Ralph Terry 2 GolfTales RJSmiley

Ralph Terry – Baseball and Golf

With the World Series just around the corner I wanted to share a story about who proved he could compete ON THE BIG STAGE!

NOT ONLY COULD HE PITCH, HE COULD PLAY GOLF!  Ralph Terry is the only athlete who pitched in the seventh game of a world series (twice) and was paired with Jack Nicklaus in the USGA Senior Open.  TALK ABOUT BIG STAGE – WHAT A DOUBLE!!

The wind was blowing hard, even for western Kansas, when I first met Ralph Terry at the Smokey Hill Invitational Golf Tournament in 1968.  The tournament chairman told me that they had paired me with that Ex-Yankee’s pitcher who was MVP in the 1962 World Series.  So what, I thought.   On the second hole Ralph drilled a quail-high tee shot into the wind, 20 yards past my solid tee shot, then casually commented: “That reminds me of the one Mickey (Mantel) knocked over the right field fence against the Pirates in game three.”  

Suddenly Mr. Ralph Terry, World Series MVP got my attention.  Not only could he pitch, HE COULD PLAY GOLF! 

My next encounter with Ralph Terry occurred in 1993 when he was in Minneapolis to play in the Monday qualifier, at the Links At Northfork, for Minnesota’s first Senior Tour Golf Tournament in Minnesota.  In an extended conversation with Ralph for my TV show, I learned a lot about the southern gentleman from Larned, Kansas.  

There are certain intangibles that make an athlete a “winner” and Ralph Terry had them.  You could see the focus in his eyes.  When asked about the 1960 World Series, where Ralph gave up a ninth inning home run (that put the Pirates’ Bill Mazeroski into the Hall Of Fame), he got a far-off look in his eye and his jaw muscles knotted as he visualized the ball sailing over the fence.  PIRATES BEAT YANKEES.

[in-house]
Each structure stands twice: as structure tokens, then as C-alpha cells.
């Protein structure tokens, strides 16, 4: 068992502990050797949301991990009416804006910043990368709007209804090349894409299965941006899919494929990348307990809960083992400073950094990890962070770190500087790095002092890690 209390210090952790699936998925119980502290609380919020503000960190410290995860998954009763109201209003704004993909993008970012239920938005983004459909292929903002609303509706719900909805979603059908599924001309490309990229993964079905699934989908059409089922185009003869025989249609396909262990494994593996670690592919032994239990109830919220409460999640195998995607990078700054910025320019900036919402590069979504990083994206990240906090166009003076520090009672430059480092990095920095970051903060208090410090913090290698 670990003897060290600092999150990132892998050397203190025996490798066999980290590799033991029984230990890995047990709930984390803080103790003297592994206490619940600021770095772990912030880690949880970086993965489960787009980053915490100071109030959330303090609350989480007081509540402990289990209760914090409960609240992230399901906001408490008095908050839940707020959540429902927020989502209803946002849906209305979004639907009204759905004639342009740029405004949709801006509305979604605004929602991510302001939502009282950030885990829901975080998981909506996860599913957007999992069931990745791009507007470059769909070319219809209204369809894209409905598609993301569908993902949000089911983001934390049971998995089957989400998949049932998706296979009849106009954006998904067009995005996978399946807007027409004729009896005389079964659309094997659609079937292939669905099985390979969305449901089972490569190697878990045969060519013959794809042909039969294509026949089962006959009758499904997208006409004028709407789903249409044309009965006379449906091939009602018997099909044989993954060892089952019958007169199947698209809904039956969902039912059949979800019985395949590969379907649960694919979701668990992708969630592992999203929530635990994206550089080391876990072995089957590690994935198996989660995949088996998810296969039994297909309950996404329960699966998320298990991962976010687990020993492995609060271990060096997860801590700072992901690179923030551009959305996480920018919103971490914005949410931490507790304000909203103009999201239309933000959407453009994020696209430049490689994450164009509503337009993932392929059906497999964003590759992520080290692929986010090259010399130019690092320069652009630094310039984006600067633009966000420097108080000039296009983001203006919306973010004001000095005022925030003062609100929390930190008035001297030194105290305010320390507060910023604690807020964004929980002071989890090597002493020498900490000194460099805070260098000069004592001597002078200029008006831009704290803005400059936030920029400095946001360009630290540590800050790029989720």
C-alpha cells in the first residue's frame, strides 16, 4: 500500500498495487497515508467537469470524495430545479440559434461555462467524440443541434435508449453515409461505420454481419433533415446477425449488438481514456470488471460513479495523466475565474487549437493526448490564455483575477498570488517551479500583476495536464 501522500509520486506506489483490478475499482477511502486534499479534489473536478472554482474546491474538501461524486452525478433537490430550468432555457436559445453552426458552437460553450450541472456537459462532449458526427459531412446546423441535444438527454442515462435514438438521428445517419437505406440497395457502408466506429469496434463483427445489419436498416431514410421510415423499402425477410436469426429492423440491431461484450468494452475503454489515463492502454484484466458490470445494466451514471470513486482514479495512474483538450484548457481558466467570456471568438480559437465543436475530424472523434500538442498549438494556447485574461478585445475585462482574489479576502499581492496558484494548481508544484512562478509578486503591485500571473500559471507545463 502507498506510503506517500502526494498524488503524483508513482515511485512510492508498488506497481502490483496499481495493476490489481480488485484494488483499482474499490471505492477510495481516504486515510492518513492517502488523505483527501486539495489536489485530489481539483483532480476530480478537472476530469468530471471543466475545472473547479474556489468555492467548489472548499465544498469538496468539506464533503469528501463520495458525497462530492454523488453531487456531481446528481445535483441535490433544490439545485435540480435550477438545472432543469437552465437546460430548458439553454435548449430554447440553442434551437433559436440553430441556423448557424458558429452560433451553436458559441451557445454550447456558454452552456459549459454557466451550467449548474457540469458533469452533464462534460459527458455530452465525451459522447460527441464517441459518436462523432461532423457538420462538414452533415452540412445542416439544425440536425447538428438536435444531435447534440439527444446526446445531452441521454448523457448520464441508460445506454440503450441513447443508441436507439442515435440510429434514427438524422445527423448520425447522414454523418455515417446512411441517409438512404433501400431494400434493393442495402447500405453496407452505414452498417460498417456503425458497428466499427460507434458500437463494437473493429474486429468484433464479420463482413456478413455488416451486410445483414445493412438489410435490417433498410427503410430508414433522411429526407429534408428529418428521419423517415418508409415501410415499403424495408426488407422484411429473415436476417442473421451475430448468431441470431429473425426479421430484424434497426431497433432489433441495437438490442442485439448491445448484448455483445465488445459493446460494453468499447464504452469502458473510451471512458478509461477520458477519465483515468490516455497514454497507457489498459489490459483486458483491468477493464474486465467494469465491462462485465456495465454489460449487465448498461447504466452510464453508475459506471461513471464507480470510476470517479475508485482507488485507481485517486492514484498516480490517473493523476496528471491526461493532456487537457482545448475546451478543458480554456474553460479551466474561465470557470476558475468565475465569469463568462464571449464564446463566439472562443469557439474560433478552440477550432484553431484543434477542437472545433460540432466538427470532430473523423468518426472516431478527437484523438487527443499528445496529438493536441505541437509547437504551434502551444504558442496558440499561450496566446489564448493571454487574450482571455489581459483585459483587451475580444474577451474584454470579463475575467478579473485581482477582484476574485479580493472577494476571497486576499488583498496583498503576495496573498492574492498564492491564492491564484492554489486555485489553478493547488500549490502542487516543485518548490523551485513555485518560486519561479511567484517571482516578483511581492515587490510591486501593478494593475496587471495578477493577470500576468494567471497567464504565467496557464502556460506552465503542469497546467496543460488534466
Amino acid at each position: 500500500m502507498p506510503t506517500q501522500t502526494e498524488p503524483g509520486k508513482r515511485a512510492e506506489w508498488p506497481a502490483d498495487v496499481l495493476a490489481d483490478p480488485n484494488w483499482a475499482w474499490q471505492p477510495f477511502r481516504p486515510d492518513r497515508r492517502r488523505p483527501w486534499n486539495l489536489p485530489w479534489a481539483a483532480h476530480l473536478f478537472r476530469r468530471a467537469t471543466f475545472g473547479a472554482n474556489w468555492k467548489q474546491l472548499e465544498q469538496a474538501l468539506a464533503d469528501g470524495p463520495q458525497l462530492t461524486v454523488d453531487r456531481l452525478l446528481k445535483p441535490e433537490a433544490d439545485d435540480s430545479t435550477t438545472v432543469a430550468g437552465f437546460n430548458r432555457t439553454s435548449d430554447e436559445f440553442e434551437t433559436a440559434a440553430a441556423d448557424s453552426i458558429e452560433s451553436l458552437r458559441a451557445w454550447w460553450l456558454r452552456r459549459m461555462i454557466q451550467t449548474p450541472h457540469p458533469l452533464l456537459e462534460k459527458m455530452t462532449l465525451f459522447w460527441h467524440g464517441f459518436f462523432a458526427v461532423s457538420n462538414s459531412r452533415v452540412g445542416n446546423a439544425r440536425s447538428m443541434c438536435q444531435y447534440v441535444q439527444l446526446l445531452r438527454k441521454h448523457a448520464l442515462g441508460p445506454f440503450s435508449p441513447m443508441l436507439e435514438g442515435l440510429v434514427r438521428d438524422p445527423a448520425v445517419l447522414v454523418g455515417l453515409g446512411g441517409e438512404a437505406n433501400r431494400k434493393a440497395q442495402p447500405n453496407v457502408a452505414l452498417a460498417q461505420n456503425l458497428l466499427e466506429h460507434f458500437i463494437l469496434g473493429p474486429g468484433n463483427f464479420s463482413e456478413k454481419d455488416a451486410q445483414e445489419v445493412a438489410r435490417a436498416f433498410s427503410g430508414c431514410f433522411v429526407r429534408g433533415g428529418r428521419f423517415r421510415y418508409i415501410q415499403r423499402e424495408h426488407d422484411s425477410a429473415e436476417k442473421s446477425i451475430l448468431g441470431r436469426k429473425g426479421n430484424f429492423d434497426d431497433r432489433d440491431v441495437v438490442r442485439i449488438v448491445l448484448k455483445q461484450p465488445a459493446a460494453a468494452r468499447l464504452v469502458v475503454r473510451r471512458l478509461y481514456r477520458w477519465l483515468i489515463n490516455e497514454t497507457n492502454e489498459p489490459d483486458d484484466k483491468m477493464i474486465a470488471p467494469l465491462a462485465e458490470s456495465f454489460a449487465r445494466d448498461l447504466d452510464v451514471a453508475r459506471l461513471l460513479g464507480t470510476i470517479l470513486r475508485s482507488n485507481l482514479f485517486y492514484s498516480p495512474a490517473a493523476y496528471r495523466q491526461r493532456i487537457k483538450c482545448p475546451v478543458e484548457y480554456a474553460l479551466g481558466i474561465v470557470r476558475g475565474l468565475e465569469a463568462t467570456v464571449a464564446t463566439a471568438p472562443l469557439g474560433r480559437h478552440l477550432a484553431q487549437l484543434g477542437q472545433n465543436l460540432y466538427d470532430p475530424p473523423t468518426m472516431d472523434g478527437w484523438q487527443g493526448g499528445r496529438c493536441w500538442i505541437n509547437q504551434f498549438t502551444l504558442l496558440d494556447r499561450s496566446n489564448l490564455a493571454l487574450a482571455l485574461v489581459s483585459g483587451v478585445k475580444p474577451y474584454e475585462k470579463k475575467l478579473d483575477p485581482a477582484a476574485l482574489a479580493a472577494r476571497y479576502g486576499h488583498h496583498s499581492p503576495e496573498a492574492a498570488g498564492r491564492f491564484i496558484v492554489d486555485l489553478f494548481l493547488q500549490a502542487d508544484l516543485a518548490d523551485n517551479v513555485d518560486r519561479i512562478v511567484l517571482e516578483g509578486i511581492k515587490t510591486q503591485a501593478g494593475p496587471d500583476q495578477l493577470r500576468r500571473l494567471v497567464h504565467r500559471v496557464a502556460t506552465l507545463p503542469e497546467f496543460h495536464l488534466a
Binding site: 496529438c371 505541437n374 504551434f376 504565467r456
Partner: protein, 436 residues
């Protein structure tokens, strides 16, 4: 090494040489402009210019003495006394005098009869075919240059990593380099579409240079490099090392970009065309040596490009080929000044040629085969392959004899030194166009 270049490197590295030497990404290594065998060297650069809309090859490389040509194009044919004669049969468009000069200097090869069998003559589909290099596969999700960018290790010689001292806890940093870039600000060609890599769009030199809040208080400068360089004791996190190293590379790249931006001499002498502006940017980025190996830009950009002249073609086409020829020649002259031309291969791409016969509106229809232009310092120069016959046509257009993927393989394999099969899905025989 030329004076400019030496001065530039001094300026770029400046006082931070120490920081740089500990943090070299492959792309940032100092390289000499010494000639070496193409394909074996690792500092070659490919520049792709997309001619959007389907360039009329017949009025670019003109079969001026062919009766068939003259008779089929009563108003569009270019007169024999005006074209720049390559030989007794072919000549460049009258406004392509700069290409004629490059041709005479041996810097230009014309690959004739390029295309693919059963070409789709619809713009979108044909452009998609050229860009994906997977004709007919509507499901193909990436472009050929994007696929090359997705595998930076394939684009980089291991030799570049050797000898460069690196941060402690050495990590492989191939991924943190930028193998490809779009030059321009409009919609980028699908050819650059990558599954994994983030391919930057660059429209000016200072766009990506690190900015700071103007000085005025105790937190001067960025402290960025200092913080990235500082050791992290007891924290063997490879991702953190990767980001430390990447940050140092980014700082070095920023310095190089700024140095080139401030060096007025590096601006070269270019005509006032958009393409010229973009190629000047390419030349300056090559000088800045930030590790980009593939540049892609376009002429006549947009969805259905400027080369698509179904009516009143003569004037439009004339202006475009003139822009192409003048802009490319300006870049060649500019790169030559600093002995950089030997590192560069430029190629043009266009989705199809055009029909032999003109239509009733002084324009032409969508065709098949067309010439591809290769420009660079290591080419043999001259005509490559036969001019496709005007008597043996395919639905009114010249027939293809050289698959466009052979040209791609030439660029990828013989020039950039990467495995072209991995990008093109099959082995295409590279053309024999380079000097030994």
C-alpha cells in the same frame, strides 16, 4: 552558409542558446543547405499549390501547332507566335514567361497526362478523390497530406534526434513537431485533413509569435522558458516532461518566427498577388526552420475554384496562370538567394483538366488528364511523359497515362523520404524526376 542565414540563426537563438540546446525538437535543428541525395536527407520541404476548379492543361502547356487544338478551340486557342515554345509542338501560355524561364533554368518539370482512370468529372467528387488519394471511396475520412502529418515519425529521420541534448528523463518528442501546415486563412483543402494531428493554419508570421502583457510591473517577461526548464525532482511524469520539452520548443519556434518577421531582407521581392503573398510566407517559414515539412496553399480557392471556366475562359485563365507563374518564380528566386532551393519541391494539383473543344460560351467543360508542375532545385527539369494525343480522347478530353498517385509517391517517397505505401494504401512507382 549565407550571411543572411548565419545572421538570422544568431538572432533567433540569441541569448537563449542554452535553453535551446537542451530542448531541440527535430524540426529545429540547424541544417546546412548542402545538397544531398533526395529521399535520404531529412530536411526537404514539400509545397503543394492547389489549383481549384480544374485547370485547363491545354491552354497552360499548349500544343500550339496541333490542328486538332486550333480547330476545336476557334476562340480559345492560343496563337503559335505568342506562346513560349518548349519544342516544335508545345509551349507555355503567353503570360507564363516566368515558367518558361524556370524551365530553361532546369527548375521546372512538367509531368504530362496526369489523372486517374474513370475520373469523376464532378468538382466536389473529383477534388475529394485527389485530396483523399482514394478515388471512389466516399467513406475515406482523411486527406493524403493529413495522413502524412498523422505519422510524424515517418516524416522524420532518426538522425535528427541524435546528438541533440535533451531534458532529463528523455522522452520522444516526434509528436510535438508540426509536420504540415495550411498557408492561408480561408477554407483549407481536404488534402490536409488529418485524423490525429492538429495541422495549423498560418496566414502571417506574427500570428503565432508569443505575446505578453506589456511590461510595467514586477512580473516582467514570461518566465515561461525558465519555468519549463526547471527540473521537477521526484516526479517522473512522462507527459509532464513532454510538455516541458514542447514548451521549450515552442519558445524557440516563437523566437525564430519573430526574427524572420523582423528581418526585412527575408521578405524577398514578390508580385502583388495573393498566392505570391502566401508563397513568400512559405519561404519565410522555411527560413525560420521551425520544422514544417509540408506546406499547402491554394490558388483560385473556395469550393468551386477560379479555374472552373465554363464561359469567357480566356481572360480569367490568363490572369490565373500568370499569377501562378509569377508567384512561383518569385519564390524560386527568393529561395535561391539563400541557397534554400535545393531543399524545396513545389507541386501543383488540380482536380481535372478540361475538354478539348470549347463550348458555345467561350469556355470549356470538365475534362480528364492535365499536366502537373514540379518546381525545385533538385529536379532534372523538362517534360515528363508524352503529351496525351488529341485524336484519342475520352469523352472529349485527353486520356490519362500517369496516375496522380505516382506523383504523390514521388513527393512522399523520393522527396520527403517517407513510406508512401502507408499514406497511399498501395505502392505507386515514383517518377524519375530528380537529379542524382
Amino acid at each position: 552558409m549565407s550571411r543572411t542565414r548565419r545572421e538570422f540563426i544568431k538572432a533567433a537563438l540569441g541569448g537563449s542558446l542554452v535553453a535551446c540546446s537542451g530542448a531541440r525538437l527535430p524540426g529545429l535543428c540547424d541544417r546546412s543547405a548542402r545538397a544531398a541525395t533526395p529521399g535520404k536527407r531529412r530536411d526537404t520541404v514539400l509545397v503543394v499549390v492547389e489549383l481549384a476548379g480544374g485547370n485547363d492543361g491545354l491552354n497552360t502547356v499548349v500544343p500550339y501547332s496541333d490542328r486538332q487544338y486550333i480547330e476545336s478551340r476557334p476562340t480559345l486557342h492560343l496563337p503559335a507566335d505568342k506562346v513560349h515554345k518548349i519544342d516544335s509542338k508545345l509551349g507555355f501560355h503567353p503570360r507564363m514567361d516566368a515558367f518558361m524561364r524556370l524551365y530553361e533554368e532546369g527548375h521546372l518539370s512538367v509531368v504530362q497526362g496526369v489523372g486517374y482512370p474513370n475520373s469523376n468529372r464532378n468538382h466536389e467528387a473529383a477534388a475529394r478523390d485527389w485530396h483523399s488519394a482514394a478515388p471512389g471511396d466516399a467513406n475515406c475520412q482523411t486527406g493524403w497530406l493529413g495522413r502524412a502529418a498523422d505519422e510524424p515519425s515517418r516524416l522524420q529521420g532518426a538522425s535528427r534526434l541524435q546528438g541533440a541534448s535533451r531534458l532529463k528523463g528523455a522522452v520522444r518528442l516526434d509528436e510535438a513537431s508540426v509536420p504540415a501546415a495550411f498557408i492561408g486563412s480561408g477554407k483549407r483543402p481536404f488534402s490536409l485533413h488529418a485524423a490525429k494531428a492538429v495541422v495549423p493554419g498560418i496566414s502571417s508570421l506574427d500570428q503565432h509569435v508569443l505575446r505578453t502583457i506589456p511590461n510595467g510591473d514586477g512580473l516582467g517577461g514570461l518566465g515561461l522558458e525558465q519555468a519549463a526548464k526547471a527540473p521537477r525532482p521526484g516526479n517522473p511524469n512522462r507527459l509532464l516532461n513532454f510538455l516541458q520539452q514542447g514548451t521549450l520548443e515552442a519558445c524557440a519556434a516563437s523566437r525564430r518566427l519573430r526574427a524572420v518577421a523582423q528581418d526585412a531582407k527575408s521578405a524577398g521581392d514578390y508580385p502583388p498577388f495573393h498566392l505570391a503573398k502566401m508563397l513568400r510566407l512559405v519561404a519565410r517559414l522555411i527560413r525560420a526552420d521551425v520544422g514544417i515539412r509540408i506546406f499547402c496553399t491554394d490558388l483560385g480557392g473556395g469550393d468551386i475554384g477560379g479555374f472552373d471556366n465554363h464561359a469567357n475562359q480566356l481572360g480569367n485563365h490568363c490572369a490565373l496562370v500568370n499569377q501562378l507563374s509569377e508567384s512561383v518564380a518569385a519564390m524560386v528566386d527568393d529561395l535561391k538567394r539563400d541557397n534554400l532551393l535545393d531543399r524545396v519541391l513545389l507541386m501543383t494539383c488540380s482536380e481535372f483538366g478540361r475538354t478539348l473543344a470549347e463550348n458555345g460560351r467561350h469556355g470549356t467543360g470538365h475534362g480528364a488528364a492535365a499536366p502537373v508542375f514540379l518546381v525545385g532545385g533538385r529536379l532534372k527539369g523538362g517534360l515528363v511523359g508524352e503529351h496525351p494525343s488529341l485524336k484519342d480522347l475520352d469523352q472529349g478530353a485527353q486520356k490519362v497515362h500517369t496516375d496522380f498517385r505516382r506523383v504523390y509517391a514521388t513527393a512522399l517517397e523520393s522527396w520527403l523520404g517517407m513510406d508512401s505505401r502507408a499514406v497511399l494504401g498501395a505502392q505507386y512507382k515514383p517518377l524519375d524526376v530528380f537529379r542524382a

Ralph was quick to recall that two years later when he got his redemption:  He pitched a shutout in Game 7.  He was named the World Series MVP, winning two of his three starts against the Giants.  With steely eyes and his square jaw set, he told me that he had focused everyday for two years to get back on the BIG STAGE.  He said, “I wanted prove to others, but mostly to himself, that he could win the big one.”  He had the heart of a champion.

After retiring from baseball, he turned to golf and played in five PGA Tour events.  Ralph might have been a better baseball player if it weren’t for a car accident that fractured his hip. But he might never have had his second career as a professional golfer. 

Terry couldn’t run in spring training in 1958 due to the accident and turned to golf as physical therapy.  When he turned 50 he joined the Senior Tour and had moderate success.  He played in 96 senior events with one top-10 finish.  Lacking formal training and years of dedicated practice that most Senior Tour players experience, in Ralph’s mind; the highlight of his professional golf career was playing with Jack in the final round of the 1991 Senior Open.  

Thirty years later, Ralph Terry was again on the BIG STAGE competing with the best! 

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